The Value Investor includes 22 stocks that are "on sale" right now, and are likely to head a lot higher in the months and years to come.

Tracey Ryniec is Zacks' Value Stock Strategist and serves as Editor in Charge of the Value Investor.


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Jul 20, 2013 6:57AM
Once again MSN Money... you are providing selected facts about an extremely volatile and risky venture that tends to attract lesser intelligent people. Our organized financial sector is broken. There can be no denial that Ben Bernanke- Federal Reserve Chairman has been authorizing the printing of $85 billion unsubstantiated dollars per month since 2009. Those monies go directly into his member banks and have supported "business platforms" not business enterprises that operate with a group of paper and button pushers and some clerical staff, not operations with significant personnel. They don't make or do things that benefit America or improve or economy. They HURT America by blockading jobs, colluding and using Twitter, Facebook and Linked-In to our disadvantage. The faster America liquidates ALL positions in EVERY business platform, the faster they will crumble and our BEST can pick up the pieces, build REAL enterprise from them and get the whole of the nation going, not dig a hole using Wall Street and burying the greatest nation on Earth- alive.
Jul 21, 2013 10:33AM
This is merely an ad for Zachs. One does not have to pay for readily available PEG ratios and the like. Instead of having to be spoon fed everything, look around.
Jul 21, 2013 11:24AM
Oh really Zack!  Just divide by the PEG?  Now who in the world is smart enough to predict that number? one.  If anyone could accurately and consistently that value you wouldn't need anything else.  Doesn't anyone else see this fatal flaw?

Paul from Arizona
Jul 21, 2013 7:25AM

Sheer genius! How come nobody thought of this before?



Jul 21, 2013 2:48PM

Duh. Divide by the "5 year projected growth rate". Anybody know what that is? Most analysts can't agree on what's going to happen next week, let alone over 5 years; too many variables.


So here's the most explosive combination in investing: Pick stocks that go up in price, then sell them when they hit their high. Again, duh.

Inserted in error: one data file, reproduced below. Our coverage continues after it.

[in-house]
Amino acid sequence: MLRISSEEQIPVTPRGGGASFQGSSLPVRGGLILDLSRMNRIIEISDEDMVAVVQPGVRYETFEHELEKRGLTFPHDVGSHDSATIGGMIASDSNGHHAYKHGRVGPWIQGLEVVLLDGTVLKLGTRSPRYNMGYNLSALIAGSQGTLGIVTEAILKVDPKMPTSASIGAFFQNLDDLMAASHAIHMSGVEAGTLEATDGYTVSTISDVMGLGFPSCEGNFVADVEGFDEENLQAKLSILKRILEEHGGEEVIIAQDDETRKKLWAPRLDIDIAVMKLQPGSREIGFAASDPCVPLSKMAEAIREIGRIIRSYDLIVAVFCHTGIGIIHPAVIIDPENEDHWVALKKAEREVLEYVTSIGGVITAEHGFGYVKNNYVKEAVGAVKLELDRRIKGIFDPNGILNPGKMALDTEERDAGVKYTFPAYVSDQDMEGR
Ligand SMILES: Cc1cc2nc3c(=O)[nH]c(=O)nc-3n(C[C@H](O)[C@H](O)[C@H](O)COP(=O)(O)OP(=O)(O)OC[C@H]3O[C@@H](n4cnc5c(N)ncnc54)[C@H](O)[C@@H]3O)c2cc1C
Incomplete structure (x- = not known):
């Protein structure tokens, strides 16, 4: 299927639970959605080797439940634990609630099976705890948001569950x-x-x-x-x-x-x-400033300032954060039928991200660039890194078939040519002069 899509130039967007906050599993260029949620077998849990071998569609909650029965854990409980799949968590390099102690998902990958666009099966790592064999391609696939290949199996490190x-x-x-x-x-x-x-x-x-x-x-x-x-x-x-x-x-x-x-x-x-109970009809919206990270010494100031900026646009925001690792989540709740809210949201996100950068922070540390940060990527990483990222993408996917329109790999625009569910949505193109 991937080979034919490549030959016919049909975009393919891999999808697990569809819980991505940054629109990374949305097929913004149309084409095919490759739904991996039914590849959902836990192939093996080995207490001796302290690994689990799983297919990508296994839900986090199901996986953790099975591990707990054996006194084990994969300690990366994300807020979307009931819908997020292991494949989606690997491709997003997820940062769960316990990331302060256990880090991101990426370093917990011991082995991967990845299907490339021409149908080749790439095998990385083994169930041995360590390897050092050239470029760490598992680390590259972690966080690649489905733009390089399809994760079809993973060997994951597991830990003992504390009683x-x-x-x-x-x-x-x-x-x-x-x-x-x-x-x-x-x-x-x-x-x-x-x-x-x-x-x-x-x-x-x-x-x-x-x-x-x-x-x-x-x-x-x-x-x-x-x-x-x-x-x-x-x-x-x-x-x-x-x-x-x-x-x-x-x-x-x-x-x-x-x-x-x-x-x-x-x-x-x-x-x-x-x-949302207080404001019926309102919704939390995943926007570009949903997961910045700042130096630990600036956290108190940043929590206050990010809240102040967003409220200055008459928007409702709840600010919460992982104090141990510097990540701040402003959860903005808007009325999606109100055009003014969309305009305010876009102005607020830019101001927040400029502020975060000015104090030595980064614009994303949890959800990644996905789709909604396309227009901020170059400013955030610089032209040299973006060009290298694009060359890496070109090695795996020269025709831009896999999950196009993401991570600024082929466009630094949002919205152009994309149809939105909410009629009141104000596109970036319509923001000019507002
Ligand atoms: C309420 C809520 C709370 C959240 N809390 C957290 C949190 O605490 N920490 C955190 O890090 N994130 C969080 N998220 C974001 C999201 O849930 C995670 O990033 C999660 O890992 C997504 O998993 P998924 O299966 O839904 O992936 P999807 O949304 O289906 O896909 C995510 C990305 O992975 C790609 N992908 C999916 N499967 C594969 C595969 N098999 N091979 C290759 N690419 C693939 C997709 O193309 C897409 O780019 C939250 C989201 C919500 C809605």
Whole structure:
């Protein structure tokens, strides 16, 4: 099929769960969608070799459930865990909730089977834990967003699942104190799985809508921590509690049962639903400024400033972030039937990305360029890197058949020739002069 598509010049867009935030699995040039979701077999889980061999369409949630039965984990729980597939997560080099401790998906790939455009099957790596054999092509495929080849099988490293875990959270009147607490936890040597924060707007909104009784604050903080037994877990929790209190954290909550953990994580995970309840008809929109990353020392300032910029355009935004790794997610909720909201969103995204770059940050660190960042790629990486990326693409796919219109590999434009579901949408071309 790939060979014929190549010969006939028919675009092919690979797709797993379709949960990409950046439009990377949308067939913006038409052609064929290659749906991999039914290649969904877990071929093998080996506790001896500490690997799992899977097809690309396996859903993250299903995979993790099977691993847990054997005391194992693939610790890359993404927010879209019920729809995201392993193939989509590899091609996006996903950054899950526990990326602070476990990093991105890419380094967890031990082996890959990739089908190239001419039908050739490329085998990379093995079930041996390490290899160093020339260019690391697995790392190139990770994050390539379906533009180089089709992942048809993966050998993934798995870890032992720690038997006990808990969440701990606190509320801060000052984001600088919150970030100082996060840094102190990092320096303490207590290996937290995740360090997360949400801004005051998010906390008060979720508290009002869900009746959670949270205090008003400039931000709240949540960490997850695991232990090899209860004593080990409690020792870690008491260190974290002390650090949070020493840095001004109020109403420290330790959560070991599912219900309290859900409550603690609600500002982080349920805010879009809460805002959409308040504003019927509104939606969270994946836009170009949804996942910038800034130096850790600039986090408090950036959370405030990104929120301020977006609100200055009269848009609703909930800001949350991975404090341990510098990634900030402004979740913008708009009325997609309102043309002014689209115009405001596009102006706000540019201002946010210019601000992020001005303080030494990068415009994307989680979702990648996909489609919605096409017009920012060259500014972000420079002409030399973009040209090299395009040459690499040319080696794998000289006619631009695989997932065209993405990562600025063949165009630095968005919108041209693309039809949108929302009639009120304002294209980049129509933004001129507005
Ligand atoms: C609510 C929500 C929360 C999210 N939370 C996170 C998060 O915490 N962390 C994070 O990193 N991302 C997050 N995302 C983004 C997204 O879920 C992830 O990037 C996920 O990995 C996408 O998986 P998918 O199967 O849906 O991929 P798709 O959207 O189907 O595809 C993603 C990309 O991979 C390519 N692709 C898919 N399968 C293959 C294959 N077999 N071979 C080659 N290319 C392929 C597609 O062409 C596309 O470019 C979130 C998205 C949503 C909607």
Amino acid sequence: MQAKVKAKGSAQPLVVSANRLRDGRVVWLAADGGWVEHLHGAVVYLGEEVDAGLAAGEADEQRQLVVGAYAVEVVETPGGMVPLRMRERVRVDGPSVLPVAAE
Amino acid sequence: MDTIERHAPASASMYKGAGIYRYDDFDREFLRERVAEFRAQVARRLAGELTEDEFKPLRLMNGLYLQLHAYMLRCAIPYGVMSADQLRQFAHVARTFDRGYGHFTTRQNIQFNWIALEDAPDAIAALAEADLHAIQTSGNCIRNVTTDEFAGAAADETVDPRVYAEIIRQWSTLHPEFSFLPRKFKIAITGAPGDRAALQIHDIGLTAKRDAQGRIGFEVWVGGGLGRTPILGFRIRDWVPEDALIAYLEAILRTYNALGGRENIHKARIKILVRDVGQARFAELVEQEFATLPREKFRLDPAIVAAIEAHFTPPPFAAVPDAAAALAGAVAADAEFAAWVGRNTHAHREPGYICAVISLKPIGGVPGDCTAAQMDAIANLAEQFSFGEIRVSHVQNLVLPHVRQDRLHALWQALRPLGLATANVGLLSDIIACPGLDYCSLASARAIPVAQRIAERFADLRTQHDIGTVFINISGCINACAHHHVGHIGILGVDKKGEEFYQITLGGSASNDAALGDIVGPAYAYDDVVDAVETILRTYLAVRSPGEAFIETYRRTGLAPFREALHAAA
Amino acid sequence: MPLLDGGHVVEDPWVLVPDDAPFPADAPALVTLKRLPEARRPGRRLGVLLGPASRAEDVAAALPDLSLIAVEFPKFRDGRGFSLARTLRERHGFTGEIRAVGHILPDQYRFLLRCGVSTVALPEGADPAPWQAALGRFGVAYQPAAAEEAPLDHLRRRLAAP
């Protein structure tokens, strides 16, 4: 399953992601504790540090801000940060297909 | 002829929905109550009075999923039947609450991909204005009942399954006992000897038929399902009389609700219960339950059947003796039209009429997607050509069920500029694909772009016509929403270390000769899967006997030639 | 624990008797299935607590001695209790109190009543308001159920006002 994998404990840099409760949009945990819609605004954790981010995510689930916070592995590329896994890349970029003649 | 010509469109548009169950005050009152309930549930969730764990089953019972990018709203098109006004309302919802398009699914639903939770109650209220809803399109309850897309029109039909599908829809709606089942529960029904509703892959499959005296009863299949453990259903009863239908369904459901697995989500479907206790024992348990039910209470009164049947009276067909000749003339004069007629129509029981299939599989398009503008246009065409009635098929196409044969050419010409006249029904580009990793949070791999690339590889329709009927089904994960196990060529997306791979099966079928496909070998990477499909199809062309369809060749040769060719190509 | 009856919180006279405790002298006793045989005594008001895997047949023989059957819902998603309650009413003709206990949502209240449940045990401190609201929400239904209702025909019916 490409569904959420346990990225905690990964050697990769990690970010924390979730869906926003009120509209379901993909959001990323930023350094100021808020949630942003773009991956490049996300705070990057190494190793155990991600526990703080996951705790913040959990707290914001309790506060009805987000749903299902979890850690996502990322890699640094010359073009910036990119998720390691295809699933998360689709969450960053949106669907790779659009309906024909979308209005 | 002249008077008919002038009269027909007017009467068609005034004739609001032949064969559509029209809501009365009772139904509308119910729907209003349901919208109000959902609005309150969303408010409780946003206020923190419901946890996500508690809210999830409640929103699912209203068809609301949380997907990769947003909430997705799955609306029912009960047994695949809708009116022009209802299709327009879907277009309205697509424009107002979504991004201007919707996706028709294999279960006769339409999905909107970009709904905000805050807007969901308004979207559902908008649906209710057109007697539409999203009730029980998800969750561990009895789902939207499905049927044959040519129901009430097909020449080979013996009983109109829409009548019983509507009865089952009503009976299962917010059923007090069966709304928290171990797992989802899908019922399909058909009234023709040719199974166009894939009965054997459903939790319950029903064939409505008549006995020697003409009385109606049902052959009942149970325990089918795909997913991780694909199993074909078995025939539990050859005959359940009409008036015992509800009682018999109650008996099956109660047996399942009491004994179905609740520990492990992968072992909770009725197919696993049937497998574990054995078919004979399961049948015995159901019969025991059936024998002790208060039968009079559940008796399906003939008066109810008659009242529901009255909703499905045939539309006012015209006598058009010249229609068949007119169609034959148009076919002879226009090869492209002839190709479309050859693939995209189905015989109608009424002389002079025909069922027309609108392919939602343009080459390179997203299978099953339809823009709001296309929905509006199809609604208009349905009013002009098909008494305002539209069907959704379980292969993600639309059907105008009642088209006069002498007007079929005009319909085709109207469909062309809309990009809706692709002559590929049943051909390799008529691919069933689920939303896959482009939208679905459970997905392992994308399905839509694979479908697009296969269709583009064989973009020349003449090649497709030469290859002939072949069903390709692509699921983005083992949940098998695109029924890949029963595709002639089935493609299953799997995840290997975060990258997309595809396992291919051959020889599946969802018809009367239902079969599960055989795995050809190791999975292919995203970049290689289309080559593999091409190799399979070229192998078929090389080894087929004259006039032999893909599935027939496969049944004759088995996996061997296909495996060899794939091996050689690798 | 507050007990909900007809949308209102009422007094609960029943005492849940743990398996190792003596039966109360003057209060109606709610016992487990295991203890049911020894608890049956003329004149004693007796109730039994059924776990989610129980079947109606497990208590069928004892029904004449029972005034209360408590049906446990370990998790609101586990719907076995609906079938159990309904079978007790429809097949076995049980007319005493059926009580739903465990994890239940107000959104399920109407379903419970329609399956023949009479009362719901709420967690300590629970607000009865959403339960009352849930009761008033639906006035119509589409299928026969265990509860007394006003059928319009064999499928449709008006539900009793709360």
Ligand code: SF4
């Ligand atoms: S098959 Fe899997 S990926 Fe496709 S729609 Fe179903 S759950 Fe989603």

Or hire monkeys to throw darts at stock listings. I hear that works better than analysts anyway.

Jul 21, 2013 2:59AM
IF MSN MONEY says buy GOLD, do not. 
IF MSN MONEY says short the market, go long. 
IF MSN MONEY recommends a certain sector like oil field services, oil or gas just avoid them. 

The stock market is easy. You invest in what you know or what you know to work. Find a global player or someone with potential to go global like Disney, McDonalds, etc.. because all new money craves one thing: the American way of life. Losers like MSN Money analysts who constantly try to short the American way of life always lose. NEVER bet against America. America means one thing overseas: innovation. We create new, we innovate the old, we progress. That is the American way. Send the failed GOP Congress packing and you will see American productivity explode upwards. 
Jul 21, 2013 4:43PM

There is not a magic bullet out there for socks, but you have to use your Batman utility belt to trade on a regular basis.  This is great for people who are interested in the market, but have to figure it out for themselves.  Good for the education of regular people.


Look at AEG or STO.  Two very different companies with PEG ratios below 1, but which will be rising sooner?  To know that you may have to read an SEC report or two to find out.  Best of luck to us all.

Jul 21, 2013 12:45PM
I love the cell phone in the photo. 1997 here I come!
Jul 21, 2013 4:40PM
All you need to do is predict the future.  Dante puts the people who say they can do that in hell, with their heads put on backwards.
Jul 21, 2013 2:48PM

P/Es, PEGs, ROI. ROR, YOY, QOQ, QOYQ, Div. increases, Sweet Geezus.


"5 year projections on Growth"...Sounds good to me, if they are correct...hmmm.??

What about competition, downturns, recessions etc.


Put it all together.....Go for it....Or get Financial overload.

Jul 21, 2013 7:39AM

Like anyone has extra money to invest anyway. It doesnt matter if this is good information or not. Its a moot point.